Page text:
Low-molecular-weight heparin prophylaxis using dalteparin in close proximity to surgery vs warfarin in hip arthroplasty patients a double-blind, randomized comparisons

Russell D. Hull*, Graham F. Pineo, Charles Francis, David Bergqvist, Carin Fellenius, Karin Soderberg, Anna Holmqvist, Michael Mant, Richard Dear, Barry Baylis, Andrew Mah, Rollin Brant, David Rosenbloom, Peter Hanson, Frank Smith, Linda Vickars, David Green, Frank Ariosta, William Fisher, David AyersTerence Sparling, Louis Desjardins, Robert Lavender, John McCutchen, Bernard Stulberg, William Allen, Scott Berkowitz, Robert Lerner, Clifford Colwell, Melvin Tonkon

*Corresponding author for this work

Research output: Contribution to journalArticlepeer-review

234 Scopus citations

Abstract

Background: Based on the current understanding that venous thrombosis starts perioperatively, administration of just-in-time low-molecular-weight heparin immediately before or in close proximity after hip arthroplasty may be more effective than usual clinical practice. Methods: We performed a randomized, double-blind trial comparing subcutaneous dalteparin sodium given once daily immediately before or early after surgery with the use of postoperative warfarin sodium in 1472 patients undergoing elective hip arthroplasties. The primary end point was deep vein thrombosis detected using contrast venography performed after surgery (mean, 5.7 days) in each group. Results: The frequencies of deep vein thrombosis for patients with interpretable venograms receiving preoperative and postoperative dalteparin for all deep vein thrombosis were 36 (10.7%) of 337 (P<.001) and 44 (13.1%) of 336 (P<.001), respectively, vs 81 (24.0%) of 338 for warfarin; for proximal deep vein thrombosis, 3 (0.8%) of 354 (P=.04) and 3 (0.8%) of 358 (P=.03), respectively, vs 11 (3.0%) of 363. Relative risk reductions for the dalteparin groups ranged from 45% to 72%. Symptomatic thrombi were less frequent in the preoperative dalteparin group (5/337 patients [1.5%]) vs the warfarin group (15/338 patients [4.4%]) (P = .02). Serious bleeding was similar among groups. Increased major bleeding at the surgical site was observed for patients receiving preoperative dalteparin vs warfarin (P = .01). Conclusions: A modified dalteparin regimen in close proximity to surgery resulted in substantive risk reductions for all and proximal deep vein thrombosis, compared with warfarin therapy. Such findings have not been observed with low-molecular-weight heparin therapy commenced 12 hours preoperatively or 12 to 24 hours postoperatively vs oral anticoagulants. Increased major but not serious bleeding occurred in patients receiving preoperative dalteparin. Dalteparin therapy initiated post-operatively provided superior efficacy vs warfarin without significantly increased overt bleeding.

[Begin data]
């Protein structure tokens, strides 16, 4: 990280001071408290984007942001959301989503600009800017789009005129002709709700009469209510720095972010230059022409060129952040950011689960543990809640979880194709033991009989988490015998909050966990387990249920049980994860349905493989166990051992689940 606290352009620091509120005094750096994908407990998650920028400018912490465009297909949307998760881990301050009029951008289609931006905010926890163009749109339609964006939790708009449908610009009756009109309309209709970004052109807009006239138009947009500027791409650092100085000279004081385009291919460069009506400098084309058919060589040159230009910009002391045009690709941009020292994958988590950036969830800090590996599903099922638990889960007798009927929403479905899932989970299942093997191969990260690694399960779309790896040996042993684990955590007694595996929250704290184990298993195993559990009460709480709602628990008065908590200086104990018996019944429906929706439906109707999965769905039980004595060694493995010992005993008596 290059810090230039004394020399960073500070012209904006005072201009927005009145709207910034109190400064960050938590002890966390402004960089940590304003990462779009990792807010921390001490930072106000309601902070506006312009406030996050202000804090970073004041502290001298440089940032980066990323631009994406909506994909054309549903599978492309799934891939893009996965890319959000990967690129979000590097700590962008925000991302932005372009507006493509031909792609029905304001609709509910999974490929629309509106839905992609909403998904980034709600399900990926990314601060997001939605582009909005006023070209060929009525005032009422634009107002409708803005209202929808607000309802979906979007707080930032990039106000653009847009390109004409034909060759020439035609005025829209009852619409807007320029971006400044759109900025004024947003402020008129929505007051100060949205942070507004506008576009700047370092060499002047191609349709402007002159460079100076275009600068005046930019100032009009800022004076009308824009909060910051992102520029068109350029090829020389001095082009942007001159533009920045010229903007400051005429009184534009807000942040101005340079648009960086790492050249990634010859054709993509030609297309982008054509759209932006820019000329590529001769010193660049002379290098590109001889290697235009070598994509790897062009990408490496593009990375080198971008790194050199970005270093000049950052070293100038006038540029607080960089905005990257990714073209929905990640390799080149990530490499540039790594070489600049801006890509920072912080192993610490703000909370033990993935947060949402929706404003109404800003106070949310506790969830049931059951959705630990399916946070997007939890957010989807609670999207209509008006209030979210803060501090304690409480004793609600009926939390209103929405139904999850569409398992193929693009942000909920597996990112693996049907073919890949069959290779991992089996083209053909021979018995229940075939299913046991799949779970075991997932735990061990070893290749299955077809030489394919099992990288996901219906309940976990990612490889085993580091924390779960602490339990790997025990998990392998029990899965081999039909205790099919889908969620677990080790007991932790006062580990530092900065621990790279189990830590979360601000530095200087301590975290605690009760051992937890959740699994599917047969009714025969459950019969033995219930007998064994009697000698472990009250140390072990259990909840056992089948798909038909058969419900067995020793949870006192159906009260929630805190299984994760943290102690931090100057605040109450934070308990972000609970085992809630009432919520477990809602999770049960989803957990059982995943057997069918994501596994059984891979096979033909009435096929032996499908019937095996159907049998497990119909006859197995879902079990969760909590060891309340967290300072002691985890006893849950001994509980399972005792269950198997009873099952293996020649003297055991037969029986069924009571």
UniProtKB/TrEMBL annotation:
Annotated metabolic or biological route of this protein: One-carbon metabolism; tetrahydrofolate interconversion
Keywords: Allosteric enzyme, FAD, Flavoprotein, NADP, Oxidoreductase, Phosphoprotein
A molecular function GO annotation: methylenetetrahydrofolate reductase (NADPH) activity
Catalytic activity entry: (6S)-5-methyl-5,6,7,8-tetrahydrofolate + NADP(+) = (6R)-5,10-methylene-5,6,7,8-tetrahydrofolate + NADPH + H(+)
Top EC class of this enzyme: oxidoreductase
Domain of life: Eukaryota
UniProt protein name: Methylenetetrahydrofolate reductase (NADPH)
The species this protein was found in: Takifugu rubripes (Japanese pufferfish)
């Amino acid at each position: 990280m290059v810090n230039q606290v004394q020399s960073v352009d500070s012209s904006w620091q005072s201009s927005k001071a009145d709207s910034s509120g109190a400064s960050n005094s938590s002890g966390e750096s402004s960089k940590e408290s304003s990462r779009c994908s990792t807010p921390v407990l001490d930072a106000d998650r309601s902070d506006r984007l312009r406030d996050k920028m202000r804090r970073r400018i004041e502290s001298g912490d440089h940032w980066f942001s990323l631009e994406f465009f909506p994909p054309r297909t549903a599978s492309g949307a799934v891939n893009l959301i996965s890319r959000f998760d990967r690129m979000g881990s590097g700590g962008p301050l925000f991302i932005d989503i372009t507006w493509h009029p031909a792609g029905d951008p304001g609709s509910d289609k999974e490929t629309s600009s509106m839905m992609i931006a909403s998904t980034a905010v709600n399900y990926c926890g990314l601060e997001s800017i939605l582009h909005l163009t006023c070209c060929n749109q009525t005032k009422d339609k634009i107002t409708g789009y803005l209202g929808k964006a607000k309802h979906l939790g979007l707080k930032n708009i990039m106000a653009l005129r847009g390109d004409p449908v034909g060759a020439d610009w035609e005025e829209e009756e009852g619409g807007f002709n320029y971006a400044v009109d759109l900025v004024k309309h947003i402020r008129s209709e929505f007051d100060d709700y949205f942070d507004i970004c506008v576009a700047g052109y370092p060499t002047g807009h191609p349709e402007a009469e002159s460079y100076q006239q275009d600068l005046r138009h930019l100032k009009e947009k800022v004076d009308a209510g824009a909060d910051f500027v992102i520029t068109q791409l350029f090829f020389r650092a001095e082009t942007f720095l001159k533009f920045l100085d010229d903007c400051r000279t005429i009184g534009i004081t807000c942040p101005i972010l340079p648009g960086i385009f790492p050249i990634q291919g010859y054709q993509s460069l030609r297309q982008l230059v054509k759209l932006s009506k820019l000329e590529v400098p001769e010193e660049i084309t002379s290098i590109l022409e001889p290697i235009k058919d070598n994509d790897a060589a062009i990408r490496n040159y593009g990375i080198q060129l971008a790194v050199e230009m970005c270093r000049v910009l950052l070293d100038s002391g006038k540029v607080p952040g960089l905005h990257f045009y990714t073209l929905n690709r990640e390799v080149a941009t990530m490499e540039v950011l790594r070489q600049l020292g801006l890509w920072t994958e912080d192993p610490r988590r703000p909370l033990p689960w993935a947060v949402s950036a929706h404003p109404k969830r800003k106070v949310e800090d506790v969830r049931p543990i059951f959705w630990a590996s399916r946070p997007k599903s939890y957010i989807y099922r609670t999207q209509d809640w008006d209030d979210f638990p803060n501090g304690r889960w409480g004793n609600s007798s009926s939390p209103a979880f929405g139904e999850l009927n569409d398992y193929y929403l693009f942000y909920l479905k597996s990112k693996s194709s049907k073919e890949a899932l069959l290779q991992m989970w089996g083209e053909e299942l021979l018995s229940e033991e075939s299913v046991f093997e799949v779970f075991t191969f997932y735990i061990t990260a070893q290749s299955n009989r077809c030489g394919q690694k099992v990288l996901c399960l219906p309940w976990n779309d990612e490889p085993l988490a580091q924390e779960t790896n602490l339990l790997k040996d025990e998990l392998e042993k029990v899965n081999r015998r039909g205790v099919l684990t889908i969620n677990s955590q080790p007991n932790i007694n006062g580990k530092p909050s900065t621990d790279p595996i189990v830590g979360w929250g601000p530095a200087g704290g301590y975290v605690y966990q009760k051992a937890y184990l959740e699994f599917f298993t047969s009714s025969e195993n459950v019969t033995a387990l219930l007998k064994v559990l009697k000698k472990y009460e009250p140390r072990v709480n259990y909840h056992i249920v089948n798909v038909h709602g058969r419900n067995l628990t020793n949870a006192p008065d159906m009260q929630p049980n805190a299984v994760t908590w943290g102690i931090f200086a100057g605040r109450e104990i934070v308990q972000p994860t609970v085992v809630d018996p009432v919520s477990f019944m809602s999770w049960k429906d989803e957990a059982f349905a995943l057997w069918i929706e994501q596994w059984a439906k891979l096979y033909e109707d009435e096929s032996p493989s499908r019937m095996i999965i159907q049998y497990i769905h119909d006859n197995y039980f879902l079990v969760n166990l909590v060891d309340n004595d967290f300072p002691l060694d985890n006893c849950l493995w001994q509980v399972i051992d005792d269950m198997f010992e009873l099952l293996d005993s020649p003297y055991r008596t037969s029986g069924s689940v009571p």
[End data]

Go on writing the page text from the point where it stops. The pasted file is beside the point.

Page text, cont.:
Original languageEnglish (US)
Pages (from-to)2199-2207
Number of pages9
JournalArchives of Internal Medicine
Volume160
Issue number14
DOIs
StatePublished - Jul 24 2000

ASJC Scopus subject areas

  • Internal Medicine

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